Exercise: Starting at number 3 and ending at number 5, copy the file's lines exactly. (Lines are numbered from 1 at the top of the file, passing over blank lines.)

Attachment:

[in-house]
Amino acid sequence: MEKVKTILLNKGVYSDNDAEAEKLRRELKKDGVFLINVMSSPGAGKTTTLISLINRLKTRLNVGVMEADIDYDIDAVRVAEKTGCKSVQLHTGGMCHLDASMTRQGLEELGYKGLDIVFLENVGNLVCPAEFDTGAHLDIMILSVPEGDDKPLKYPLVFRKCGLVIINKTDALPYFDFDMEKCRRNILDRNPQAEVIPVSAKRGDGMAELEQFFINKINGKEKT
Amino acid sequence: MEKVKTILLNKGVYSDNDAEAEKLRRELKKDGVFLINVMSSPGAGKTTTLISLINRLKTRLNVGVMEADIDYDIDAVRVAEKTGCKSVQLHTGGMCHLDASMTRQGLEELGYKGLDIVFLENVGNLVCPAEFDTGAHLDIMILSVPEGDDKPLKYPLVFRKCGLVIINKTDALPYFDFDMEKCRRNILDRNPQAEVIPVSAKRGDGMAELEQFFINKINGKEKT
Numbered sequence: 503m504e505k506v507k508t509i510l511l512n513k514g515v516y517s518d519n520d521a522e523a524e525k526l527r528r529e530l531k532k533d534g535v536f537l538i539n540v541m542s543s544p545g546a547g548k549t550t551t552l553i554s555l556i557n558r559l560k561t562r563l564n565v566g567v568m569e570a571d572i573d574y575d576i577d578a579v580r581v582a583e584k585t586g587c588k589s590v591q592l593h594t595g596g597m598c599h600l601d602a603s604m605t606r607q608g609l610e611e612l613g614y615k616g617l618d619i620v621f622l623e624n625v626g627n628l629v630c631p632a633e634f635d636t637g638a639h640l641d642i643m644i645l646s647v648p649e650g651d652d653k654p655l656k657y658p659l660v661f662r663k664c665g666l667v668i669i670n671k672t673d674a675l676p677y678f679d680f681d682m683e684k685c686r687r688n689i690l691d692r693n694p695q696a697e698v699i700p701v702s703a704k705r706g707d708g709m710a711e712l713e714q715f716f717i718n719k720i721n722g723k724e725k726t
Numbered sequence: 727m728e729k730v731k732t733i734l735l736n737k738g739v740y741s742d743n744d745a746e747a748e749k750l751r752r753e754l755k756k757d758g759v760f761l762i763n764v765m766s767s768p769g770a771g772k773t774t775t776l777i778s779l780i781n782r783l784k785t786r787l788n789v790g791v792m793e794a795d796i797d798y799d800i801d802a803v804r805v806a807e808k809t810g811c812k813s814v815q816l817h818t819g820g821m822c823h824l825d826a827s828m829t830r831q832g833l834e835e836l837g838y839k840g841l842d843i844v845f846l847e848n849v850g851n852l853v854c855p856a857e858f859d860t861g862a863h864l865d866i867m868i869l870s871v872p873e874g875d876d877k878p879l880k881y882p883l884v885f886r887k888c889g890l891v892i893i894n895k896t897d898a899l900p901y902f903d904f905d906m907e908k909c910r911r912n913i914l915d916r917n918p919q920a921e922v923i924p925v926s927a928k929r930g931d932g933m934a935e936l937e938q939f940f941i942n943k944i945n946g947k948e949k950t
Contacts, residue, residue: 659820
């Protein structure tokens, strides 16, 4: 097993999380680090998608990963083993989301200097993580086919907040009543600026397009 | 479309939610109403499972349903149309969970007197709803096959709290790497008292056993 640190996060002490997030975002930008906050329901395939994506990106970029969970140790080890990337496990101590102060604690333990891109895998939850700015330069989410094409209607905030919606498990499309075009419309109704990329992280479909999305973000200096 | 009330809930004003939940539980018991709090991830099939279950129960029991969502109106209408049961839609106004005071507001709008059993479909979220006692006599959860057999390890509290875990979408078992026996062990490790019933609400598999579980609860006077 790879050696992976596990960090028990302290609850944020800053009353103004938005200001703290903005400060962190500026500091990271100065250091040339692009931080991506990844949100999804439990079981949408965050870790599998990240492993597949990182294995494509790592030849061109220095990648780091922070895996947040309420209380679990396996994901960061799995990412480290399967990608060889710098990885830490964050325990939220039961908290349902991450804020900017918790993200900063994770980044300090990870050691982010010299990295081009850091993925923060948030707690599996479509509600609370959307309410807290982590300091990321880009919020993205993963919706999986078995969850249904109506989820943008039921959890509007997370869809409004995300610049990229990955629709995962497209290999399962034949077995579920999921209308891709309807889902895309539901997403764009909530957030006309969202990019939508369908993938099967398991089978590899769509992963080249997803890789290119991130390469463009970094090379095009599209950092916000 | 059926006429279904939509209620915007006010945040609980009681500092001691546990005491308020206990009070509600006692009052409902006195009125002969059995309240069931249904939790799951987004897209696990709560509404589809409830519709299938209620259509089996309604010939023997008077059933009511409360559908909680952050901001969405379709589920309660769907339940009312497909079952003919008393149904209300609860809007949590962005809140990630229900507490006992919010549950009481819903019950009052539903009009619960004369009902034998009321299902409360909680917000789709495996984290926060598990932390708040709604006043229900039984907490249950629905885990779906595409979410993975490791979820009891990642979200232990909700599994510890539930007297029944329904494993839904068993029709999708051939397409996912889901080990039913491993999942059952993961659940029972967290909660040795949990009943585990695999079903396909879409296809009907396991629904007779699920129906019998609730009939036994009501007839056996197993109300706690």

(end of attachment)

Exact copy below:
Amino acid sequence: MEKVKTILLNKGVYSDNDAEAEKLRRELKKDGVFLINVMSSPGAGKTTTLISLINRLKTRLNVGVMEADIDYDIDAVRVAEKTGCKSVQLHTGGMCHLDASMTRQGLEELGYKGLDIVFLENVGNLVCPAEFDTGAHLDIMILSVPEGDDKPLKYPLVFRKCGLVIINKTDALPYFDFDMEKCRRNILDRNPQAEVIPVSAKRGDGMAELEQFFINKINGKEKT
Numbered sequence: 503m504e505k506v507k508t509i510l511l512n513k514g515v516y517s518d519n520d521a522e523a524e525k526l527r528r529e530l531k532k533d534g535v536f537l538i539n540v541m542s543s544p545g546a547g548k549t550t551t552l553i554s555l556i557n558r559l560k561t562r563l564n565v566g567v568m569e570a571d572i573d574y575d576i577d578a579v580r581v582a583e584k585t586g587c588k589s590v591q592l593h594t595g596g597m598c599h600l601d602a603s604m605t606r607q608g609l610e611e612l613g614y615k616g617l618d619i620v621f622l623e624n625v626g627n628l629v630c631p632a633e634f635d636t637g638a639h640l641d642i643m644i645l646s647v648p649e650g651d652d653k654p655l656k657y658p659l660v661f662r663k664c665g666l667v668i669i670n671k672t673d674a675l676p677y678f679d680f681d682m683e684k685c686r687r688n689i690l691d692r693n694p695q696a697e698v699i700p701v702s703a704k705r706g707d708g709m710a711e712l713e714q715f716f717i718n719k720i721n722g723k724e725k726t
Numbered sequence: 727m728e729k730v731k732t733i734l735l736n737k738g739v740y741s742d743n744d745a746e747a748e749k750l751r752r753e754l755k756k757d758g759v760f761l762i763n764v765m766s767s768p769g770a771g772k773t774t775t776l777i778s779l780i781n782r783l784k785t786r787l788n789v790g791v792m793e794a795d796i797d798y799d800i801d802a803v804r805v806a807e808k809t810g811c812k813s814v815q816l817h818t819g820g821m822c823h824l825d826a827s828m829t830r831q832g833l834e835e836l837g838y839k840g841l842d843i844v845f846l847e848n849v850g851n852l853v854c855p856a857e858f859d860t861g862a863h864l865d866i867m868i869l870s871v872p873e874g875d876d877k878p879l880k881y882p883l884v885f886r887k888c889g890l891v892i893i894n895k896t897d898a899l900p901y902f903d904f905d906m907e908k909c910r911r912n913i914l915d916r917n918p919q920a921e922v923i924p925v926s927a928k929r930g931d932g933m934a935e936l937e938q939f940f941i942n943k944i945n946g947k948e949k950t